Nevertheless, this is one of the most scenic towns for a e-scooter ride with three rivers and a coast to cruise along, not to mention Coney Island. The eastern side of Punggol is also home to a collection of restaurants and cafes, as well as a golf driving range.
We especially like the Lorong Halus park connector connection to Pasir Ris, although this area is deserted and prone to speeding riders. This path gives Punggol residents access to Pasir Ris Park and the East.

#4 Town to Beat the PMD Ban: Pasir Ris

PMD connections to Tampines, Punggol, Loyang, Changi Village, Aviation Park, Tai Seng
Scoot and ride: Pasir Ris (EWL)
Pasir Ris PMD Park Connector
As the first cycling town in Singapore, the coastal town of Pasir Ris appeals to laid back folks who enjoy the sea breeze and, like Punggol, the joy of getting a seat at the end of the MRT line every time. So, it’s great for folks who ride their e-scooters for recreation, as well as those who take the MRT to work.
At the same time, it’s also convenient to ride commute to work via PMD if your workplace is at Loyang Industrial Estate, or Aviation Park.
Live in Pasir Ris and you can choose to head to Changi Village Hawker Centre for your food fix, or neighbouring Punggol for scenic cruising on your PMD. Getting to IKEA, Courts and Giant megastores at Tampines North is also easy, while you can also crash parties at Tampines, home to three shopping malls and the awesome One Tampines Hub.
Then again, you can settle for the mangroves and rustic charms of the ever-popular Pasir Ris Park and the family entertainment of Wild Wild Wet, Downtown East and the huge fishing pond at Pasir Ris Town Park.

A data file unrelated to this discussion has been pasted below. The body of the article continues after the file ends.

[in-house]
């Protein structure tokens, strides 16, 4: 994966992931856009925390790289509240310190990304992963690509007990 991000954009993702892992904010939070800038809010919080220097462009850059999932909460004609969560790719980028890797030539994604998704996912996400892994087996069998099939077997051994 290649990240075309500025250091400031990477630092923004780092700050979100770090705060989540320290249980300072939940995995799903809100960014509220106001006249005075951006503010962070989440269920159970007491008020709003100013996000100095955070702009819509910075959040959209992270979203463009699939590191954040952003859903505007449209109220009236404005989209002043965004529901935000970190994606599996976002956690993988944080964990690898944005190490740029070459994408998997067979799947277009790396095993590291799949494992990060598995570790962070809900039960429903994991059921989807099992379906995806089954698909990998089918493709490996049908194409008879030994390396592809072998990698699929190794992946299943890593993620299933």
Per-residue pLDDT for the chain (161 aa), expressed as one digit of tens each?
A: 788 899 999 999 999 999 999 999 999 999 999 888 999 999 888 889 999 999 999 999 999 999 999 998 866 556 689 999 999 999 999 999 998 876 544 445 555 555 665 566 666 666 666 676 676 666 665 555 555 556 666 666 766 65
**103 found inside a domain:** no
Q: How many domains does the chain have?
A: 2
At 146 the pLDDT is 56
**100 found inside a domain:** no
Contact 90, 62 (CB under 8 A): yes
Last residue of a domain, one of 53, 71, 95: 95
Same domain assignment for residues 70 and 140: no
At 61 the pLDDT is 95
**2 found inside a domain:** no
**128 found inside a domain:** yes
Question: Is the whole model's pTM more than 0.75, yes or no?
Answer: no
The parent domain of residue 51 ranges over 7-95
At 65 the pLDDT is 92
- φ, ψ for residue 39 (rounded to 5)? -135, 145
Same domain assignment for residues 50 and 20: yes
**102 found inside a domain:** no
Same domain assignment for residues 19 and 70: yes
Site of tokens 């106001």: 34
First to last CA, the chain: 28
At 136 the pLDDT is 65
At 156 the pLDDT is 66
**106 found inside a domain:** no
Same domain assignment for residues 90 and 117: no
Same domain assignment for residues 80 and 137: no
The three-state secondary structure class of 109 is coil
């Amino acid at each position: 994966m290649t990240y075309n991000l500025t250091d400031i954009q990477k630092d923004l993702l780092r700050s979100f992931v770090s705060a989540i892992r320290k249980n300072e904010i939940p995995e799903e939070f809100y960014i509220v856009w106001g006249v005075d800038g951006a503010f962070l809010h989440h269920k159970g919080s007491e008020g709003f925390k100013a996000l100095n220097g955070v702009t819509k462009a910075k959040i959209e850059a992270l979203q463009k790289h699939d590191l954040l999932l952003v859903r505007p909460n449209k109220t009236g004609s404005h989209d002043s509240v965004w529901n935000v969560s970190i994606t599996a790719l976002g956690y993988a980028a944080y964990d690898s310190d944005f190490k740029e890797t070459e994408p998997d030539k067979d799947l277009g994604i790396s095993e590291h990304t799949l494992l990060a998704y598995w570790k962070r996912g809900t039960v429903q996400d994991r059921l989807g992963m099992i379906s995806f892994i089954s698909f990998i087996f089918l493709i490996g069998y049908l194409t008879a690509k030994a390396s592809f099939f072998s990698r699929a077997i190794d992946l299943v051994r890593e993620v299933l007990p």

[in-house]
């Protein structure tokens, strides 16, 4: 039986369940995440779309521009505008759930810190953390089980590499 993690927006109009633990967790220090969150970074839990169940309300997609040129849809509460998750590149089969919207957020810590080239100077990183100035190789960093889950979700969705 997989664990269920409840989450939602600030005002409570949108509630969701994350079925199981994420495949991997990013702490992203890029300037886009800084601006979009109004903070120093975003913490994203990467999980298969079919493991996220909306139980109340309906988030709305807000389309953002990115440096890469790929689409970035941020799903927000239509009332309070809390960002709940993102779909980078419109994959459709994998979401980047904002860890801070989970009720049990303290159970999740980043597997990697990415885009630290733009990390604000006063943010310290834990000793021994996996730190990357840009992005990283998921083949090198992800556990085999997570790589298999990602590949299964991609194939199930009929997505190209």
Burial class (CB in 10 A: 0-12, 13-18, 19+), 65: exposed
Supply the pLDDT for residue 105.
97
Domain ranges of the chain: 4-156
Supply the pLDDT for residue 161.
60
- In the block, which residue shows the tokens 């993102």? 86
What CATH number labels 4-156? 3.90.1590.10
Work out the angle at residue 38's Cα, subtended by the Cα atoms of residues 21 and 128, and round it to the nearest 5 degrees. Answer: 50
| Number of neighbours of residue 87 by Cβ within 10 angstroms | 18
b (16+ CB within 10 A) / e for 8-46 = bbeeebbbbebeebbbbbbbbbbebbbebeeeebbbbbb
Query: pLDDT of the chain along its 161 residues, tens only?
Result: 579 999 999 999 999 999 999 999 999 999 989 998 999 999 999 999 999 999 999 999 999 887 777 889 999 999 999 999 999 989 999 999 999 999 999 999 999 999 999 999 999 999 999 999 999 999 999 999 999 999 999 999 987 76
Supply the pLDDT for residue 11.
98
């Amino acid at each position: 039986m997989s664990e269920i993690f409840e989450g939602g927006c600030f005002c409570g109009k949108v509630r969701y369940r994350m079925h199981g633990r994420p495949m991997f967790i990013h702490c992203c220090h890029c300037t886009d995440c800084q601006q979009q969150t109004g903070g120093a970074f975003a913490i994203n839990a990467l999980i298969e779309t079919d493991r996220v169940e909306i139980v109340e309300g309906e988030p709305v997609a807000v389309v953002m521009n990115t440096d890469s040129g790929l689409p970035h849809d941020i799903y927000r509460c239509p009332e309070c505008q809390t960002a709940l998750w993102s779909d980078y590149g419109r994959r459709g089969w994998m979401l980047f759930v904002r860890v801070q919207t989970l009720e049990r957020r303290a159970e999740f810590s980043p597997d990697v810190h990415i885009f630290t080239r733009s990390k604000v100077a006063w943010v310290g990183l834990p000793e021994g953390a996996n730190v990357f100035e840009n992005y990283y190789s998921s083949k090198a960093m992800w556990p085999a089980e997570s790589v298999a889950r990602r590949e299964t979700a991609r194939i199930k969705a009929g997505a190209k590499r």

#5 Town to Beat the PMD Ban: Jurong East

PMD connections to Jurong Central, Jurong Point, International Business Hub, Jurong Industrial Estate, Jurong Lake Gardens
Scoot and ride: Jurong East MRT, Chinese Garden MRT, Lakeside MRT, Boon Lay MRT, Pioneer MRT (all on the EWL)
Lakeside Gardens Jurong Lake
Jurong needs no introduction for being the de facto candidate for Singapore’s second CBD, with a massive hub at Jurong East that would make Orchard Road envious. That said, getting here would mean an unenjoyable feeder bus rides for residents who don’t have a PMD, given that the action actually happens at one end of the town (the Eastern end) and not at the centre like Yishun, Pasir Ris and Punggol.
The network of bike paths at Jurong East not only facilitates more seamless travel to malls like Westgate, JEM, IMM and Jurong Point, it also serves as a vital link—together with the East-West MRT Line and feeder buses—between residents and Jurong Industrial Estate, by far the largest industrial estate in Singapore. Many find riding on their e-scooters the fastest way to get into (and out of) the labyrinth depths of the Jurong Industrial Estate.
Nature loving Singaporeans have no lack of options to explore on their PMDs, Jurong Lake Gardens is the one and only national gardens in the heartlands and will progressively open from 2019 onwards.

Upcoming cycling and PMD-friendly towns

The LTA has also announced that five more HDB towns will get more than 40km of cycling paths over the next five years:
  • Woodlands
  • Toa Payoh
  • Choa Chu Kang
  • Geylang
  • Queenstown

PMD users and pedestrians, can we live and let live?

Even though the e-scooter ban has been implemented, the tension between pedestrians and PMD users does not seem to have toned down. A recent incident in Yishun, where a pedestrian not only refused to give way to a delivery e-scooter rider using a cycling path, but subsequently assaulted him when he tried to pass, goes to show that it is hate and intolerance that we’ve to truly get rid of—not PMDs.
With more footpaths making way for shared paths, and cycling paths becoming an increasingly common sight in Singapore, the gripes behind the PMD footpath ban should fade away with time. And if you’re a frequent rider who devastated at the ban, you can always look at relocating to a town where you’ll feel more at home.